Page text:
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An active shooter event involves one or more persons engaged in killing or attempting to kill multiple people in an area occupied by multiple unrelated.

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Presentation on theme: "An active shooter event involves one or more persons engaged in killing or attempting to kill multiple people in an area occupied by multiple unrelated."— Presentation transcript:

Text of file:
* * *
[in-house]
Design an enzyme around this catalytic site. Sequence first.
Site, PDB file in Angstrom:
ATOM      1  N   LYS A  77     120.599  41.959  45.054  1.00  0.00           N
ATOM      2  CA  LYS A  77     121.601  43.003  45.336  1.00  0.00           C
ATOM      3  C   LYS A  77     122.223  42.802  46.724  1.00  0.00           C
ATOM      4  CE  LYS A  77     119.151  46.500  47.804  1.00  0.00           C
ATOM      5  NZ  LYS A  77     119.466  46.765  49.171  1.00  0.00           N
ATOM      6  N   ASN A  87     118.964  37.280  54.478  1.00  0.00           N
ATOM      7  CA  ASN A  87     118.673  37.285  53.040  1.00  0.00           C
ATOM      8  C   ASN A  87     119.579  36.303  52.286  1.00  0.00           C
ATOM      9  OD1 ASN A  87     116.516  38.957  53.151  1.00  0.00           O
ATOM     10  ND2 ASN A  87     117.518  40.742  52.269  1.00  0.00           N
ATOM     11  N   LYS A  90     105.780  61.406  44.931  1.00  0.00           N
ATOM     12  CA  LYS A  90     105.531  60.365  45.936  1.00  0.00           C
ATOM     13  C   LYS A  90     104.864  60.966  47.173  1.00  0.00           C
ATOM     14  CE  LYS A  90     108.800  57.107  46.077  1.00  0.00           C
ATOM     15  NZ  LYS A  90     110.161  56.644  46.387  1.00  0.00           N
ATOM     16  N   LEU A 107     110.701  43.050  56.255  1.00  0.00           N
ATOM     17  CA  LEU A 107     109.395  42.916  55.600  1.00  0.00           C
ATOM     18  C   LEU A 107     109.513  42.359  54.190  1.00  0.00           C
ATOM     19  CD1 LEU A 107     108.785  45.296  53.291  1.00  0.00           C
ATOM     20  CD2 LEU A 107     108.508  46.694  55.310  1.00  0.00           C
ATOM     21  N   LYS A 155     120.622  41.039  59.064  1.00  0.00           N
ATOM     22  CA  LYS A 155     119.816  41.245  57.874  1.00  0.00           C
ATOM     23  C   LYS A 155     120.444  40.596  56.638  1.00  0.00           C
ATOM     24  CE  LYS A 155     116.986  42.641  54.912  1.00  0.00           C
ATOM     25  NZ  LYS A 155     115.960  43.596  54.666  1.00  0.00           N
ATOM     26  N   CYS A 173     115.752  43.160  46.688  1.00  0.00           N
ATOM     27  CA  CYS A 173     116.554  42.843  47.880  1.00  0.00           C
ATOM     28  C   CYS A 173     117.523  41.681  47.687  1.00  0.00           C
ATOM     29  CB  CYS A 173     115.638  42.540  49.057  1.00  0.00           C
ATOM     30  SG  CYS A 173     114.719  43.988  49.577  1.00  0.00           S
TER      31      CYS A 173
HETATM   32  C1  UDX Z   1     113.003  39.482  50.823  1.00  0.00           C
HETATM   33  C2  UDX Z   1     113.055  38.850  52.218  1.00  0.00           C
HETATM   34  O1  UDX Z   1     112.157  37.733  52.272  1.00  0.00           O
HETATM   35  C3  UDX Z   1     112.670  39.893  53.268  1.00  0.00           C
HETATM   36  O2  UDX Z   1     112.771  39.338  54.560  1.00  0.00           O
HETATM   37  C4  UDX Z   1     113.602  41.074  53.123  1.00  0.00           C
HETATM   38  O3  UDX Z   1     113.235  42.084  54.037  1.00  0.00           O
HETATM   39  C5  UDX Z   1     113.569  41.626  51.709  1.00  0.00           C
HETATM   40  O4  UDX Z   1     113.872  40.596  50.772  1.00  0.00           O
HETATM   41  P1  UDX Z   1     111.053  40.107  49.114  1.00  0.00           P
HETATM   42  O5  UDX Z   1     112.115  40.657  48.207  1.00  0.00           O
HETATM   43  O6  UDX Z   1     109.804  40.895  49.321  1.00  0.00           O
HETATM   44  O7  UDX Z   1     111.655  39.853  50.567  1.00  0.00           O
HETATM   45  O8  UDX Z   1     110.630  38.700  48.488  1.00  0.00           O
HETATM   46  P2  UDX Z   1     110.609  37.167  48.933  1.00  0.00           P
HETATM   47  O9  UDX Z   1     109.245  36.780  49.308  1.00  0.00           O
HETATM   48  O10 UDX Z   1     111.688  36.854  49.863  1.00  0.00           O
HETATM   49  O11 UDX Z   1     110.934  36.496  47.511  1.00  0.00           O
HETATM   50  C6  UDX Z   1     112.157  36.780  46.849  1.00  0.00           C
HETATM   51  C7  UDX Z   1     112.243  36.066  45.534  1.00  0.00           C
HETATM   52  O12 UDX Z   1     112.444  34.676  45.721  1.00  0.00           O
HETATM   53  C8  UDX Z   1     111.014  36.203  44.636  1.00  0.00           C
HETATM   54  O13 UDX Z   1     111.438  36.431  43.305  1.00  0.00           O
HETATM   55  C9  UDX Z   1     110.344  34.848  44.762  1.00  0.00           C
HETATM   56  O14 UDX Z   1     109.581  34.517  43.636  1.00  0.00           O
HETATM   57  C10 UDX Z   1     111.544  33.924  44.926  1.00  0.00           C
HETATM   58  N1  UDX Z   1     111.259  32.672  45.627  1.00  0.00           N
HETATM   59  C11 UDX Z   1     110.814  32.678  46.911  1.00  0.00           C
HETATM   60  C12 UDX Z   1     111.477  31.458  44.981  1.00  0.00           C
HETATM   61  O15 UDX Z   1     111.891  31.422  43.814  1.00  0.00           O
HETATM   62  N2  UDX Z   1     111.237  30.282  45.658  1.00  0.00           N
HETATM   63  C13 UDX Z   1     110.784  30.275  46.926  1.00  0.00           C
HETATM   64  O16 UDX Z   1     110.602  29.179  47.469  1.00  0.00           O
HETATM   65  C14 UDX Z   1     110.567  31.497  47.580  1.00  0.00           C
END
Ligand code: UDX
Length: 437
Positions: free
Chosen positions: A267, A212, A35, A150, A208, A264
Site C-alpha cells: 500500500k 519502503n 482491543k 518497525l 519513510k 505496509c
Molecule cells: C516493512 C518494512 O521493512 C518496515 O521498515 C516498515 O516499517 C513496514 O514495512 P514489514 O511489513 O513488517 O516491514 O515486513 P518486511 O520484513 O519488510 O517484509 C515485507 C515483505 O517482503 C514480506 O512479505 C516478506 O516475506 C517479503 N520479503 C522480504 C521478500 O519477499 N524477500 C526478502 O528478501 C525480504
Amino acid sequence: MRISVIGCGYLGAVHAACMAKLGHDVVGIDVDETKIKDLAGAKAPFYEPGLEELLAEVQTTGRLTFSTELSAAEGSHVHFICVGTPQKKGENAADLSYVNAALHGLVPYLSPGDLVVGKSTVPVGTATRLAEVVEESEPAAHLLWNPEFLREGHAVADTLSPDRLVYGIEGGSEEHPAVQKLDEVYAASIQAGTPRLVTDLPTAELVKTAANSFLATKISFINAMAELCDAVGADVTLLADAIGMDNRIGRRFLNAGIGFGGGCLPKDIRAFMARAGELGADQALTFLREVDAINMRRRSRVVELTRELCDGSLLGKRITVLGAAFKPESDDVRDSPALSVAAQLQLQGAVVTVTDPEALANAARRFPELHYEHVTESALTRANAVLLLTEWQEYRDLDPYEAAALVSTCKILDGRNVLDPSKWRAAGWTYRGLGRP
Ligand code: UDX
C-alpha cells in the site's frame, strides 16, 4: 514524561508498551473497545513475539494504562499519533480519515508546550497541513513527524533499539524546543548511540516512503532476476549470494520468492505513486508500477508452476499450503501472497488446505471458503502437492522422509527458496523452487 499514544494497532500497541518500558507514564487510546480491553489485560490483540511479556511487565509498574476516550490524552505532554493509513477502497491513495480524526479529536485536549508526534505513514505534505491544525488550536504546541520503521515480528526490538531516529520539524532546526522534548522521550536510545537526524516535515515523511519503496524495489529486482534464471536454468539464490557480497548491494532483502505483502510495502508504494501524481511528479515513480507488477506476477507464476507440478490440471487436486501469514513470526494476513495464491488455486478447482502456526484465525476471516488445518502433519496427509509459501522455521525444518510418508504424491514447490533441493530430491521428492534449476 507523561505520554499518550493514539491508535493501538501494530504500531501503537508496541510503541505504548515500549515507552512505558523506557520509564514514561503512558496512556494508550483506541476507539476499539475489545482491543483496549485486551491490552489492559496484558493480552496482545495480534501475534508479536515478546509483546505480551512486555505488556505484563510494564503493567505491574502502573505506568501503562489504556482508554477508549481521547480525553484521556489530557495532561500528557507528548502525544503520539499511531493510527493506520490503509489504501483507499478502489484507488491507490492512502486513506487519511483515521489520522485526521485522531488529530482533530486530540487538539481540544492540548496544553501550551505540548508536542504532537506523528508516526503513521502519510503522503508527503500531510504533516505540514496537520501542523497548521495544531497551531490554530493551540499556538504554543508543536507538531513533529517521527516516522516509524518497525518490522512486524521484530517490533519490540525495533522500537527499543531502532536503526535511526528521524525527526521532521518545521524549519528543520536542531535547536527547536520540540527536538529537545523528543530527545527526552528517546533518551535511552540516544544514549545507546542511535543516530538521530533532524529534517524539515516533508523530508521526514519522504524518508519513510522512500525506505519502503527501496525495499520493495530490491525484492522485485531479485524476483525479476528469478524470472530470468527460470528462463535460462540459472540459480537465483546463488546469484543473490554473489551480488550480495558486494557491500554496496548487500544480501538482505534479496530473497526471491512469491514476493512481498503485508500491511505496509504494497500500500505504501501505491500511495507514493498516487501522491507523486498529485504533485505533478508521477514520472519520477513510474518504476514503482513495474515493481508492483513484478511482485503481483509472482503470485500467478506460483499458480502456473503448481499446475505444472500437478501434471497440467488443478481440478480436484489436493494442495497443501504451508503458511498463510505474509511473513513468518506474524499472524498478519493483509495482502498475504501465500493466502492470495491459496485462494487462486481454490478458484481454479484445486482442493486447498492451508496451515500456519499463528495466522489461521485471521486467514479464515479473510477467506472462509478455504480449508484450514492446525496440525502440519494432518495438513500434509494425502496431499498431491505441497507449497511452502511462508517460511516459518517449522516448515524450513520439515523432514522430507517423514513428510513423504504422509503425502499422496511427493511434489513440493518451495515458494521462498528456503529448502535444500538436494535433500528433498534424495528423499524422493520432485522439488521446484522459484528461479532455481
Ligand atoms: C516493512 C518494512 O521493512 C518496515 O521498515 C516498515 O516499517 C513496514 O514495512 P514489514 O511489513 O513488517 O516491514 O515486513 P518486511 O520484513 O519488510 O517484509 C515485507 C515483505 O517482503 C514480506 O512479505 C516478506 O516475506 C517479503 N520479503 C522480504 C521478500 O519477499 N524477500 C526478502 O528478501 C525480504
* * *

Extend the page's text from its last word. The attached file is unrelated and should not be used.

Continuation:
1 An active shooter event involves one or more persons engaged in killing or attempting to kill multiple people in an area occupied by multiple unrelated individuals. At least one of the victims must be unrelated to the shooter The shooting must not be a by-product of an attempt to commit another crime. Even though gang-related shootings match the definition, they are excluded because law enforcement does not consider these an active shooter event. Domestic murders are not included, unless the shooter was in public and continued shooting unrelated individuals (Blair, 2011) August 1, 1966 – A shooter opened fire from the 27 th floor of the University of Texas Bell Tower. The shooter killed 16 and wounded 31 in approximately an hour and a half. October 16, 1991 – A shooter drove through a window at a Luby’s cafeteria in Killeen, TX. The shooter killed 23 and wounded 27 before three police officers stopped him 10 minutes later. April 20, 1999 – Two high-school seniors executed a well-planned attack on Columbine High School. The shooters killed 13, injured 21, and committed suicide in 47 minutes. April 16, 2007 – A senior at Virginia Tech University chained the doors of Norris Hall and systematically killed 32 and wounded 17 over the course of 10 minutes before committing suicide. July 22, 2011 – A shooter attacked a youth camp located on an island in Norway. The shooter killed 69 on the island over the course of about 45 minutes before being stopped by law enforcement Prior to The University of Texas Shooting of 1966 – Law enforcement was without tactical units and training to handle such events. After this, and other national events, law enforcement developed SWAT teams. Now, law enforcement would set a perimeter and wait on SWAT to stop an event. After the Columbine Shooting of 1999 – Law enforcement no longer sets a perimeter and waits on SWAT. Now, patrol officers are trained to form a response team, enter the event, and eliminate the threat without waiting on SWAT. Presently – The law enforcement community is evaluating if training officers to enter events solo is advantageous over forming a response team. Recent Attempts to Catalog Events Secret Service, FBI, & DOE (2010) Focused on violence at Institutes of Higher Education Included all types of violence not just shootings Limited to schools…did not include other locations (Drysdale et al., 2010) NYPD (2011) Did include all locations in analysis instead of just schools. Used weak criteria to include events in study. Evolution of Law Enforcement Tactics (cont.) Descriptive Analysis Contact information First Name / Last Name Department of Criminal Justice Texas State University 601 University Dr. San Marcos, TX, A Descriptive Analysis of Active Shooter Events: First Name / Last Name, Department of Criminal Justice - Texas State University Active Shooter Event Criteria Evolution of Law Enforcement Tactics Notable Active Shooter Events Cross Tabulation Key Findings Ninety-four percent (n=113) of shooters are male A single shooter is responsible for 97.5 (n=117) percent of events The shooter is non-mobile in 85 (n=102) percent of event There is no relationship between shooter and victims in 53 percent (n=64) of events Sixteen of the 44 (36 percent) school shooters were orchestrated by adults (i.e., >25 years of age) Possible Disadvantages of Solo Entry The solo officer has limited firepower The solo officer has to cover more fields of fire The solo officer lacks the physical and psychological support of a team Selection of Events (n=120) Lexis-Nexis was utilized as the primary search engine Search terms included: school shooting, office shooting, mall shooting, and so on. Terms were coupled with month and year to be more thorough (e.g., office shooting January 2000, office shooting February 2000, etc.). Variables Relationship between shooter and victims. Coded as employee, student, or no relation. How the shooter was stopped. Coded as subdued, shot by police/citizen, arrested later, surrendered, or suicide. Location of Event. Coded as public, factory/warehouse, school, office, retail, military base, or church. Mobility. Coded as either mobile or non-mobile. Weaponry. Broken down by the most powerful weapon used: pistol, rifle, shotgun, or unknown. Explosives. Coded as either present or not present. Body armor. Coded as either present or not present. Sample & Measures Age distribution is bimodal Active Shooter Events are not isolated to specific locations Law enforcement officers intervene in only 27 percent of the events. If “Suicide After Police” is included as an intervention the total is 39 percent. Thirty-seven percent of the time suicide is the outcome Descriptive Analysis (cont.) Future Research Official police reports need to be examined to remove the unknown variables. Solo vs. Active Shooter Team needs to be examined further Medical response during events needs to be examined


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